Joanie frowned, unaware that such alliances were allowed. She looked around, and saw LeShawn looking bereft, his own cache having just been raided. The met eyes. LeShawn nodded. Joanie nodded back. The two jogged toward each other to begin planning their heists.

My Retainer

At this point, I feel like plaque is the only thing holding my retainer together.

It’s an older retainer. Obviously. Not one of those ancient ones that you have to affix to your head, with pieces going around the back and screwing into the skull, or whatever it was they did. But a large hunk of plastic with metal bands attached, that fits over the teeth and is exceptionally obvious if you ever smile while it’s in, which of course, coupled with the braces as precursor, meant a two and a half year period of my life where all my pictures have a dopey closed-mouth smile.

I never wear my retainer while dating. Or that’s not true. I wore it while dating, but not on the nights I spent with her. Only the nights apart, which for were few and far between for the three or so months we were together. I couldn’t afford to look like a dork, because she was very attractive. The fact that she was dating me was a credit to my very occasional charm, and her heavy marijuana use.

I have a face, as they say, for radio.

I think it was after the break-up that I stopped wearing my retainer. Because if I went on another date, they would eventually have to see me with it, and that didn’t end well the first time.

It took a few months after the break-up before I put it in again. My poor teeth, by that point, were so out of alignment, moving a few nanometers a day, that it was an effort to force it in there. I had to keep wearing it every day for four months just to get it to fit in comfortably, properly, again.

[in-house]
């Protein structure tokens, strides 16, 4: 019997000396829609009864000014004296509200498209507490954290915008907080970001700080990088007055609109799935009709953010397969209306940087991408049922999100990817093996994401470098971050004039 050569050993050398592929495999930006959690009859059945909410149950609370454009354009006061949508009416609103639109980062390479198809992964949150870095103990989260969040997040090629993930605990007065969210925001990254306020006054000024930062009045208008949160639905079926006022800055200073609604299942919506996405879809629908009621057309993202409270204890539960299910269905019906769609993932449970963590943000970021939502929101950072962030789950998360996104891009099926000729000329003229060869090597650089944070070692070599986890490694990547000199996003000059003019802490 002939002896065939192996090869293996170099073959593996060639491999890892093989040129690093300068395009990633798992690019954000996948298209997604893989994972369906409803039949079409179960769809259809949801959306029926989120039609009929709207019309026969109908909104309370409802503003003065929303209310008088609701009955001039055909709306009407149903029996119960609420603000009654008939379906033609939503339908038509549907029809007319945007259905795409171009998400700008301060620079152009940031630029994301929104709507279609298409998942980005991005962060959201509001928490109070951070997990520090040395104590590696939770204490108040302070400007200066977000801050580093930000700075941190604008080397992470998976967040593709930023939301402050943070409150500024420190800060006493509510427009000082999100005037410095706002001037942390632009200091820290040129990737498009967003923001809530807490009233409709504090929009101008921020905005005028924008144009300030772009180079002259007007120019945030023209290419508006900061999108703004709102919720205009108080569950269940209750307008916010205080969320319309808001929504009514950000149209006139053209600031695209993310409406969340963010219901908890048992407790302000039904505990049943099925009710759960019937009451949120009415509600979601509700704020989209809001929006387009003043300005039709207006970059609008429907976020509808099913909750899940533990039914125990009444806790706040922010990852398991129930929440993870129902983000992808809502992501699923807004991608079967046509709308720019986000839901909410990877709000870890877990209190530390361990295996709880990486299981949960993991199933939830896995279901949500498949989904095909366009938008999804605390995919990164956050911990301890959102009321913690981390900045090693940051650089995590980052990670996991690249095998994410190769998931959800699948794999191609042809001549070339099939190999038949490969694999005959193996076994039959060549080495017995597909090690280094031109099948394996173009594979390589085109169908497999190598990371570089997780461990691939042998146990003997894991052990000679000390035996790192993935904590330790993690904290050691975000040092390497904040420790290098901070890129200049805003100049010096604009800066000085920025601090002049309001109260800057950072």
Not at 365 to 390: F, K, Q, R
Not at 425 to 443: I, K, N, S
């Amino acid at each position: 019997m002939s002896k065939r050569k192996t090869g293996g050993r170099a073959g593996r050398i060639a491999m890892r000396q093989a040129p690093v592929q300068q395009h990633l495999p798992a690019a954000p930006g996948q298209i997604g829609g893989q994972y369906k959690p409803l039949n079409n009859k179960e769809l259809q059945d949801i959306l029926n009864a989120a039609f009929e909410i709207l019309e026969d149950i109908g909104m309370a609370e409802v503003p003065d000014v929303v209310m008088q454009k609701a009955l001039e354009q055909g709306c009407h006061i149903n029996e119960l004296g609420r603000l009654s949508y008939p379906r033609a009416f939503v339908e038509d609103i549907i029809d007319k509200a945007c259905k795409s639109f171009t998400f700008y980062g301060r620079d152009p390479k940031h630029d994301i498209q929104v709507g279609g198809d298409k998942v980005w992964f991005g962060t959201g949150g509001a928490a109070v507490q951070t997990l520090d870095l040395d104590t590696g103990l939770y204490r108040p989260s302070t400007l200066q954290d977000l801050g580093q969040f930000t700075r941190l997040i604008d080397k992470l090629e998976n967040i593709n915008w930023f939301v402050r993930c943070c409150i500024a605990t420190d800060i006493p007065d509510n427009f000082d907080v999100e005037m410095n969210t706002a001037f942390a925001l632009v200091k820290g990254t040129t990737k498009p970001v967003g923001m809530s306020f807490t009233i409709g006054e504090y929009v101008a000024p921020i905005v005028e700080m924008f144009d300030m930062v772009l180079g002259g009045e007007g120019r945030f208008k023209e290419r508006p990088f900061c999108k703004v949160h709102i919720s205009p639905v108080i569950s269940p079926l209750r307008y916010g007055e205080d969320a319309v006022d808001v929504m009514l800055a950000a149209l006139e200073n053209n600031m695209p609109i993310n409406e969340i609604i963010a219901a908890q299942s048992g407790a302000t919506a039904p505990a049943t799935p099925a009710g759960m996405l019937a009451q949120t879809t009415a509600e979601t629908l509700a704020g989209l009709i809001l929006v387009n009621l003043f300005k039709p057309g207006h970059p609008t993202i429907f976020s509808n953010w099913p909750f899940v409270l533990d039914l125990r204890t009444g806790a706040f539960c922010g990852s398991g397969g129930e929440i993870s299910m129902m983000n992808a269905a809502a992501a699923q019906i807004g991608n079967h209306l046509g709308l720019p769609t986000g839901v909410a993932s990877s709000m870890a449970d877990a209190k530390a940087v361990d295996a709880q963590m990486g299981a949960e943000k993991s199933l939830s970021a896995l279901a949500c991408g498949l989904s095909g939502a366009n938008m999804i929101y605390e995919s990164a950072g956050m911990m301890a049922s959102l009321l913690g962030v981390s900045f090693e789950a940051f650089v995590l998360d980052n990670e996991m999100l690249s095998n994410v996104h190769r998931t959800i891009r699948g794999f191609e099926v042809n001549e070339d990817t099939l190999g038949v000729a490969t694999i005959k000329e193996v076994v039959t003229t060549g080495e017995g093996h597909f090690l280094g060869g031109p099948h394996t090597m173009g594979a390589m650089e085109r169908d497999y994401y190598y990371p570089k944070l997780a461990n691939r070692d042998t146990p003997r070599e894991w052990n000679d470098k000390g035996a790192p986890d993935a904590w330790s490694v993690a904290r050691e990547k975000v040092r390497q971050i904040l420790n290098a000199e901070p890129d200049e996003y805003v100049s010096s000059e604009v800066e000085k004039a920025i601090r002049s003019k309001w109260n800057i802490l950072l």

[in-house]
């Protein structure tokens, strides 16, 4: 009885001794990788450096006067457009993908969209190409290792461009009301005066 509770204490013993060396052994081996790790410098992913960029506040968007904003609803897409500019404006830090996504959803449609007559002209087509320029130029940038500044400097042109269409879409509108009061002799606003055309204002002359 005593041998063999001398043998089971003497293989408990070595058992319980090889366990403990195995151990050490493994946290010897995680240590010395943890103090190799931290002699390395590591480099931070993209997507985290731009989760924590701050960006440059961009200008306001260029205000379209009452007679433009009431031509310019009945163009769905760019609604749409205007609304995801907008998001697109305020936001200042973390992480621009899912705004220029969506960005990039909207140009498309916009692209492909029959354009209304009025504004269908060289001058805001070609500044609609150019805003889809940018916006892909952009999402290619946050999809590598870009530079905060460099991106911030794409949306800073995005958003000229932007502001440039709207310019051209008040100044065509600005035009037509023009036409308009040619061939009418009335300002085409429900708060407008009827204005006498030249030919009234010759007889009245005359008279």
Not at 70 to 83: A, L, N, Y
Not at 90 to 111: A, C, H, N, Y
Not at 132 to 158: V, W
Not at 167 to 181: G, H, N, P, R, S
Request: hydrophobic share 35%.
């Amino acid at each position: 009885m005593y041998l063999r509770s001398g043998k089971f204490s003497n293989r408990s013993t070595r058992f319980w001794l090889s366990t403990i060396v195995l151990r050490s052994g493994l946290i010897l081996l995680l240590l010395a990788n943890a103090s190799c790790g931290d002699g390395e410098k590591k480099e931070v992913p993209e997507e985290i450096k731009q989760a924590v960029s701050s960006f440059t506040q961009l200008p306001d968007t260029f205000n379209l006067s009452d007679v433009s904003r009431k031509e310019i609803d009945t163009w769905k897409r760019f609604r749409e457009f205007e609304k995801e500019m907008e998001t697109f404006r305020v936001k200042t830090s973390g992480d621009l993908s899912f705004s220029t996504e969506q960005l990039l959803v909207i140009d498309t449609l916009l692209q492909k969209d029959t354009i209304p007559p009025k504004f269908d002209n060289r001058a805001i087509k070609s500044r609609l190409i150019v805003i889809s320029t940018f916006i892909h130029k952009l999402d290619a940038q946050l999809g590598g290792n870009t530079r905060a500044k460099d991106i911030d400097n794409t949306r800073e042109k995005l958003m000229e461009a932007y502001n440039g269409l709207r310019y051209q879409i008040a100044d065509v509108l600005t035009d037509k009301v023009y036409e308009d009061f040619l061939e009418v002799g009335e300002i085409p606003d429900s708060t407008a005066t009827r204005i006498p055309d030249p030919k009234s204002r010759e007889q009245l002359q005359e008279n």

It didn’t help that I never washed it, either. I would take it out and toss it in its little plastic holder until the next night, when it was dry again and I’d pop it back in. So over time, the pink plastic of the upper piece and the clear plastic of the lower piece gradually took on a uniform pale yellow colour, like Easter at a smoker’s convention.

I tried to clean it once. Just once. I put it in some denture solution, then after twenty minutes in the effervescence I took it out, pasted up my toothbrush, and scrubbed. A half hour of continued abrasion meant a few chunks came away, but a bit of plastic, a millimeter square, came too.

I knew if I did any more, it would come to pieces. The retainer was maintained only by the plaque from my poorly brushed teeth, and I needed it to keep those teeth in line.

I was relieved when the exposed pink plaqued over again. The plastic was firmly encased.

The plaque continues to build, of course. I can’t get rid of the new stuff. For want of a cleaning, disintegration, or whatever the saying is. I think it’s slowly pushing my teeth further and further out. If I still had wisdom teeth, there might eventually be room for them. As it is, I’m becoming a mandibular Rachmaninoff. I wish there were a way to use that. Does anyone need someone with an excessively large bite?

I like to picture future historians examining my retainer. Perhaps they’ll think it’s the calcified remains of some mutant homo sapiens sapiens. Clearly an herbivore, due to the lack of canines. Just one plate for mashing on things.

These future archaeologists will search in vain for the rest of the skeleton. Meanwhile, future fundamentalists will point to my retainer as evidence that evolution is complete bupkiss, what with the missing skeleton. I’ll just be another re-interpretation in the next evolution of creationist museums.

In any case, the retainer remains my nightly necessity. Until I gather the courage to abandon it, or find the funds to get a new one, I’ll keep putting this mixed-medium piece of orthodontic art in my mouth until I can consume the world.